School of Physick

Nicholas Culpeper was born on 18th October 1616 in Surrey. His father having died only nineteen days before, Nicholas’s mother took her son to live with her father, William Attersole, the rector of St Margaret’s parish in Isfield, Sussex. Nicholas came from a prominent family, one branch of which owned Leeds Castle in Kent. Wakehurst Place in Sussex was the family seat of Nicholas’s father’s family; and Sir John Culpeper (created Baron in 1644) was a royalist who accompanied the future Charles II into exile in France, returning with him in 1660.

William Attersole, a scholarly Puritan, was keen for Nicholas to follow him into the church, and as a result, Nicholas attended Cambridge from 1632, however it was clear that he had far more interest in Astrology and ‘occult Philosophy’. By this time, he had also managed to fall madly in love with a beautiful young woman from Sussex. Unfortunately tragedy struck when, on the evening the two of them had chosen to meet and elope, she was struck by lightning and killed. Nicholas was naturally devastated, and subsequently left Cambridge for good.

Nicholas’s grandfather found him work in London with Mr White, an apothecary practising near Temple Bar. In 1639 Nicholas’s mother died, and a year later she was followed by his grandfather, who, disappointed in Nicholas for failing to enter the ministry, left him a paltry inheritance. Undeterred, in 1640 Nicholas married Alice Field, who brought with her enough of a fortune to pay for a house to be built in Red Lion Street, in the unfashionable district of Spitalfields, outside London’s city walls. Nicholas and Alice went on to have seven children, but only Mary, their fourth daughter, outlived her father.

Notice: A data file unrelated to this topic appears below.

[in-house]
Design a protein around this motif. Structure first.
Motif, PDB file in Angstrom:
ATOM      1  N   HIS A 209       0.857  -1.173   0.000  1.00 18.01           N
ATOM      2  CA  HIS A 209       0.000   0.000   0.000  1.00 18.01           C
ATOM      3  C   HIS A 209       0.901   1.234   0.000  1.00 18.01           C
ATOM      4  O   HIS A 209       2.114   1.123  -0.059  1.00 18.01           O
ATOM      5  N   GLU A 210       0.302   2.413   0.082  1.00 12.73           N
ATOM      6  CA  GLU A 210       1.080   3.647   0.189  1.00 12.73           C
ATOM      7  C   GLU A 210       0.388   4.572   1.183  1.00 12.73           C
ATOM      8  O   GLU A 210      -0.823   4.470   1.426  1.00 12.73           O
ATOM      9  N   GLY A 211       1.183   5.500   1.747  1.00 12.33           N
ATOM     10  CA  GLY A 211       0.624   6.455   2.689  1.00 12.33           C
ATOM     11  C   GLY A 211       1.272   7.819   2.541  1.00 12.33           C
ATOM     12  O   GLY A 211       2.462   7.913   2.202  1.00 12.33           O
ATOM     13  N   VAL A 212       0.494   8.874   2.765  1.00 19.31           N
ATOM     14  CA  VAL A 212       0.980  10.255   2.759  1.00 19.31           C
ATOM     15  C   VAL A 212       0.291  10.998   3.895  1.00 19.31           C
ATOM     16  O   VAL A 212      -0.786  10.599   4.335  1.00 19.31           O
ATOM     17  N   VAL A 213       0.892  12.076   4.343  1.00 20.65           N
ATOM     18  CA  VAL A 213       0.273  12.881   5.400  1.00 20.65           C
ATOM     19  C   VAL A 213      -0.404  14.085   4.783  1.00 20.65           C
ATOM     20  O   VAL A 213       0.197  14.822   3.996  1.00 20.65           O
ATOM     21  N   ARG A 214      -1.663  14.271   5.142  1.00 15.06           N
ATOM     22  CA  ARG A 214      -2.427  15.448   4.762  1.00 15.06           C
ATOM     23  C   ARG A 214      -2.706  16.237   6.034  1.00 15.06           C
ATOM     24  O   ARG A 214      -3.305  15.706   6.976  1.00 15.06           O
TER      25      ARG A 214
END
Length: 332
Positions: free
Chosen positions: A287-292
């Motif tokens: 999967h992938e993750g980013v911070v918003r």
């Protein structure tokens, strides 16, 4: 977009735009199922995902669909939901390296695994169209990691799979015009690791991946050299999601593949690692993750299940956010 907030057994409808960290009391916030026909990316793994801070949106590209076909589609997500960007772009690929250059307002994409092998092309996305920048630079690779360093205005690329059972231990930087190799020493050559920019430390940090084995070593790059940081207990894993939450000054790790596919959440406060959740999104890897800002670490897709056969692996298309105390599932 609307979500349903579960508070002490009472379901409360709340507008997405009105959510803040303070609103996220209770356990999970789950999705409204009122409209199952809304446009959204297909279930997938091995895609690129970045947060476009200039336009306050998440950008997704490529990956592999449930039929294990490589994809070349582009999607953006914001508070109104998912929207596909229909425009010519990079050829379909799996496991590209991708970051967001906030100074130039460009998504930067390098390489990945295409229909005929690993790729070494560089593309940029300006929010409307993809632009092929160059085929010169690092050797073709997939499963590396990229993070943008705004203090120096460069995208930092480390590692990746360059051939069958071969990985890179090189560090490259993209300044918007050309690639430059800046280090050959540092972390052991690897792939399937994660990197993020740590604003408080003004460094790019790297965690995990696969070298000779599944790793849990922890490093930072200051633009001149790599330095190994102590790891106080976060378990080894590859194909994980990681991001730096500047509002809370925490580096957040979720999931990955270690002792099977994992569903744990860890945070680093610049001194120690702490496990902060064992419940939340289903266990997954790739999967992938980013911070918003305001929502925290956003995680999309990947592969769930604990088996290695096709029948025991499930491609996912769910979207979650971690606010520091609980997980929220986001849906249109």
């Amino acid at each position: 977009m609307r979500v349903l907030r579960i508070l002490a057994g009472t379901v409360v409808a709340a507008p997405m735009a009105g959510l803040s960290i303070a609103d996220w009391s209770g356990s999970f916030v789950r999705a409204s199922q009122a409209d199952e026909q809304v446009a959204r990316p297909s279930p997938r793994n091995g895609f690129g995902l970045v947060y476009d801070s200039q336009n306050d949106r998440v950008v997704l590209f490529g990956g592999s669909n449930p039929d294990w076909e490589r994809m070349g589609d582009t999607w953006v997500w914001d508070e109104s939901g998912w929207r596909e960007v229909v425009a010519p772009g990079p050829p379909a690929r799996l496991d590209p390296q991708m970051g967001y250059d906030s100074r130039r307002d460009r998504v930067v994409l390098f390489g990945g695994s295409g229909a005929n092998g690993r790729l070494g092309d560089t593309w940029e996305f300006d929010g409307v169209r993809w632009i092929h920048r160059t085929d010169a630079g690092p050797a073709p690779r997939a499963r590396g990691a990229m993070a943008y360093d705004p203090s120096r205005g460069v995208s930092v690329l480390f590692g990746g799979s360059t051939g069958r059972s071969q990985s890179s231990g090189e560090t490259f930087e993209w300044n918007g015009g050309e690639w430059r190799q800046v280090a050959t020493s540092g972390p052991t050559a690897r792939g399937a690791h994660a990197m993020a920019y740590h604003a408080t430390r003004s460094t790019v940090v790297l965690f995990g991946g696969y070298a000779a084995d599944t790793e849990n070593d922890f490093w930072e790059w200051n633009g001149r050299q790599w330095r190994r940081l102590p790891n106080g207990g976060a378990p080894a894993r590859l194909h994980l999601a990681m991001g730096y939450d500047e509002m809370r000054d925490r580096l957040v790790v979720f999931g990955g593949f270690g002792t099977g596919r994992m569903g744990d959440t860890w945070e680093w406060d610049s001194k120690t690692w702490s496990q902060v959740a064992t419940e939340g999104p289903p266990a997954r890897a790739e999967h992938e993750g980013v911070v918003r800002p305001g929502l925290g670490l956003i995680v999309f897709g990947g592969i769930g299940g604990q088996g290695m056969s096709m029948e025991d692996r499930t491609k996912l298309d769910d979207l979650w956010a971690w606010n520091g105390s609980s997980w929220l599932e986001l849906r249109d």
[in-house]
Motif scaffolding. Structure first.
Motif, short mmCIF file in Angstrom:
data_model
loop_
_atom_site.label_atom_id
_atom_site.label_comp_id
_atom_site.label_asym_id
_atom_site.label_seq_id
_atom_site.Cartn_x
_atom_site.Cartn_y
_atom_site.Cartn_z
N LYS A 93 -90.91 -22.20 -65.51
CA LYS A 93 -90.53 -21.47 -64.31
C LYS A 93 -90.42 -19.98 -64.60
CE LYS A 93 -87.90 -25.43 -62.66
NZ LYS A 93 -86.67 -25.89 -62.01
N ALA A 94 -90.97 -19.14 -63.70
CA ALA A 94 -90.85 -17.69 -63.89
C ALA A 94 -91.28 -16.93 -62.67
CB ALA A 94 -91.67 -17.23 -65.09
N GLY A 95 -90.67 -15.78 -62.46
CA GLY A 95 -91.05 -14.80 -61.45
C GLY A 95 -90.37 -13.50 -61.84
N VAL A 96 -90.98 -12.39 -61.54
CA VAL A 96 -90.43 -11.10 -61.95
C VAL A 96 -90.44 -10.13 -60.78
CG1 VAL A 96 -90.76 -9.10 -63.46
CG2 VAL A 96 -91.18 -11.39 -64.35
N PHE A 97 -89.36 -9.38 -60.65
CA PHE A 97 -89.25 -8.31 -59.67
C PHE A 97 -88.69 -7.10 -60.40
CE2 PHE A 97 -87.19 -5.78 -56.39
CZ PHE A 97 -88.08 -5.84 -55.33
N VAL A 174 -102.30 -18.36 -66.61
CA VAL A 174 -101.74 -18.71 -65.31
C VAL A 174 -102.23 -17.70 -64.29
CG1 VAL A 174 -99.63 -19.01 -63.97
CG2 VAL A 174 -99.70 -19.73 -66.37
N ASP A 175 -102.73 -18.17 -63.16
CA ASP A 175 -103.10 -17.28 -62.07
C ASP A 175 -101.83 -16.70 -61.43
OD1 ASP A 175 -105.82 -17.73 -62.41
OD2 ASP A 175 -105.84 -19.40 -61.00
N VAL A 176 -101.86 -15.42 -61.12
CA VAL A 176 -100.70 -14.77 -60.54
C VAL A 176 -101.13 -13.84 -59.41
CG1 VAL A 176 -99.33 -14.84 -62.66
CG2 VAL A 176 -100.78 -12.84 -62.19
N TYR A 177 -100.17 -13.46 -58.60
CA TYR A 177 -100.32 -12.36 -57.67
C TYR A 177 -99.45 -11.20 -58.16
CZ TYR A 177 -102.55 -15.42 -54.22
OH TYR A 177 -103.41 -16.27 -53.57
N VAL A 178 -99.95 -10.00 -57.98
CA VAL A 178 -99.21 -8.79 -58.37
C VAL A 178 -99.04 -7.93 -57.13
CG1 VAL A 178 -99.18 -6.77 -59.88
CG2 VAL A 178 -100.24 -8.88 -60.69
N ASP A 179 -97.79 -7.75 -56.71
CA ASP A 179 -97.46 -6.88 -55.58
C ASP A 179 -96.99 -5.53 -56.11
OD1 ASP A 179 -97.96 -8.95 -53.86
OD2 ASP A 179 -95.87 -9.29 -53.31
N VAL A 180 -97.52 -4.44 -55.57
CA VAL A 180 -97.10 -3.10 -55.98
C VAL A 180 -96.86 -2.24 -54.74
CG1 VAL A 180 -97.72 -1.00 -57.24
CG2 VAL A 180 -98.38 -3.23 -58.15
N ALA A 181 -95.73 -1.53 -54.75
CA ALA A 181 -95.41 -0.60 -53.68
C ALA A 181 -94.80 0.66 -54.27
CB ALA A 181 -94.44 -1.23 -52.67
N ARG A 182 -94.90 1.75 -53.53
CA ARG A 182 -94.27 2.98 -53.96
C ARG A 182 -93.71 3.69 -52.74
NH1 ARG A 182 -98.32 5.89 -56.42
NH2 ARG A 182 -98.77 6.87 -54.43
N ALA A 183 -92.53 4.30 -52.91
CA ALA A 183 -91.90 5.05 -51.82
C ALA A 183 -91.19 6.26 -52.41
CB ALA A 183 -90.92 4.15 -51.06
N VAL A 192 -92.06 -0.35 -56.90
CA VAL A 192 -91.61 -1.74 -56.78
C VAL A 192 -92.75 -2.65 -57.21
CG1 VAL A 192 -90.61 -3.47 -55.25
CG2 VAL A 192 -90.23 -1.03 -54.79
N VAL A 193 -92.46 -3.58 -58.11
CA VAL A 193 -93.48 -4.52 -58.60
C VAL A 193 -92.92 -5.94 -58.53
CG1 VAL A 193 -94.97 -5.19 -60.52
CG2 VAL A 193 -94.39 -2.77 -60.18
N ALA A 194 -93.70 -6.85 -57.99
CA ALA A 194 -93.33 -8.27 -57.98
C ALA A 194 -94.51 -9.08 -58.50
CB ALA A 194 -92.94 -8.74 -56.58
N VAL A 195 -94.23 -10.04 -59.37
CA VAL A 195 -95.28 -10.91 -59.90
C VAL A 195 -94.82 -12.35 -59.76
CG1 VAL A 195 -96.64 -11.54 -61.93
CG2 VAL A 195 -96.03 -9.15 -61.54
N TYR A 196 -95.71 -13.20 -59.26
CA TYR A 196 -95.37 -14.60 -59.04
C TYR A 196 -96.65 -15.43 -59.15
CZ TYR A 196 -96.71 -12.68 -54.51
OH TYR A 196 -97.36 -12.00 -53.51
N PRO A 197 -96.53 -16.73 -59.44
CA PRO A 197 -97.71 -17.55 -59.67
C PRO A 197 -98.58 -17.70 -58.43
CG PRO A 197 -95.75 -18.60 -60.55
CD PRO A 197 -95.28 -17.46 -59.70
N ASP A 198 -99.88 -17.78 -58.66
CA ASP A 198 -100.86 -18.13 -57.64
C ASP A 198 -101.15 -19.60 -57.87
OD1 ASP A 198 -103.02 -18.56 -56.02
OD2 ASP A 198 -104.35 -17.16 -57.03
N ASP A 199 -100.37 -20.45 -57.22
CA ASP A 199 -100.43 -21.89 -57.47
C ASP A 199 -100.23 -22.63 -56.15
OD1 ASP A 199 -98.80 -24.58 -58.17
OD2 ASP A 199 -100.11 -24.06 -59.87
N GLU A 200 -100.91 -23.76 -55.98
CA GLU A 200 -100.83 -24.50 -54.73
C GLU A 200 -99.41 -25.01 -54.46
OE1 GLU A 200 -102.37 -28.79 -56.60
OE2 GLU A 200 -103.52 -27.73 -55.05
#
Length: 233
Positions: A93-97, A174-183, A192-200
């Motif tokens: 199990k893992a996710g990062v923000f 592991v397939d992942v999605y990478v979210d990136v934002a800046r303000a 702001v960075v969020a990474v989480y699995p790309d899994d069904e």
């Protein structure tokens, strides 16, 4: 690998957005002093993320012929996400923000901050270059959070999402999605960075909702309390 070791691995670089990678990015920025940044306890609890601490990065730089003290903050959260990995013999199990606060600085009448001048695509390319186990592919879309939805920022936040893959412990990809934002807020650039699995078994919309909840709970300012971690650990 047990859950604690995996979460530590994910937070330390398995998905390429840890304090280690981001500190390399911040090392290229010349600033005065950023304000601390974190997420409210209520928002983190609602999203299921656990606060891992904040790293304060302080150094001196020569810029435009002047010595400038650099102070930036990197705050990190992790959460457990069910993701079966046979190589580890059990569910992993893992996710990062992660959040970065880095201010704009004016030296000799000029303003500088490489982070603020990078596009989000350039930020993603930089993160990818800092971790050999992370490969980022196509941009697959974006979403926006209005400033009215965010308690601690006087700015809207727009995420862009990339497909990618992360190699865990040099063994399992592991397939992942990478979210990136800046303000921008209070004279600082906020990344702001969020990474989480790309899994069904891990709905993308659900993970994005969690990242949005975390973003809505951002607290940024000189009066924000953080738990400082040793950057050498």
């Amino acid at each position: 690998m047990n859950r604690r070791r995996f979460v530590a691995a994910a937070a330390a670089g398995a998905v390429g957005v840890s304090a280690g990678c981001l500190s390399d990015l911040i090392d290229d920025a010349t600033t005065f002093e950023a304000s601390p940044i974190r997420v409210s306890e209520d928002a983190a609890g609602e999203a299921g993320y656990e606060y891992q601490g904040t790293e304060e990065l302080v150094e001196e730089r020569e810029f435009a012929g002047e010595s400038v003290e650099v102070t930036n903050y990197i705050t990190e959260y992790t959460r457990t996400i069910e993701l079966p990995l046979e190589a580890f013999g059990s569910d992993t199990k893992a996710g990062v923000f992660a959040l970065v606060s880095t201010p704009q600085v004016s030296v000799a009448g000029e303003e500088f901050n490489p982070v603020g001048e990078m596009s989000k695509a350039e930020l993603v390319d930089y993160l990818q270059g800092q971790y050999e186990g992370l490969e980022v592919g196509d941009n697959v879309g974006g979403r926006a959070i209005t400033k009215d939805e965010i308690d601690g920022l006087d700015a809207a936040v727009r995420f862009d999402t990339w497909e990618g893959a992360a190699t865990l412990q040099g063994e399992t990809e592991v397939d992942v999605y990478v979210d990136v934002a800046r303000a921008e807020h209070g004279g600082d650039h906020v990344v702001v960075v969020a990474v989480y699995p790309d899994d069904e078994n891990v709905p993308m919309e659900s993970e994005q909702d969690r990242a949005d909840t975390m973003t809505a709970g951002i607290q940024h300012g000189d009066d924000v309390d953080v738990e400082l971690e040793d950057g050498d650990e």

By 1639 Nicholas was working for licensed apothecary Samuel Leadbetter. Apothecaries did more than just dispense medicine, they often diagnosed illnesses and prescribed remedies; activities which constantly brought them into conflict with the College of Physicians. For most people, the expense of consulting a qualified doctor or surgeon was beyond their means, and a visit to the local, and cheaper, apothecary was the preferred option.

No doubt as a result of the conflict between apothecaries and the College of Physicians, Nicholas was tried and acquitted of witchcraft on 17th December 1642. Then, in 1643, Leadbetter received two warnings from the Society of Apothecaries to stop employing Culpeper as his unlicensed assistant. During the same year Culpeper fought on the side of parliament in the civil war and received a serious chest wound from a musket ball, which probably contributed to his eventual death.

Even by the standards of the day, Culpeper’s political and religious views were radical. He hailed the death of Charles I, and remarked in print of Cromwell’s ascendancy, that people had ‘leapt out of the frying pan into the fire’. He also denounced ‘the monster called Religion’ and committed himself to the service of the sick among the poor and powerless. In 1644, Nicholas established his own practise at his house in Spitalfields. He had many clients, and was determined to enable the poor to help themselves. He began publishing books for their benefit. In 1650 he wrote, ‘My pen (if God permit me life and health) shall never lie still, till I have given them the whole model of Physick in the native language’ (A Physical Directory, 1650).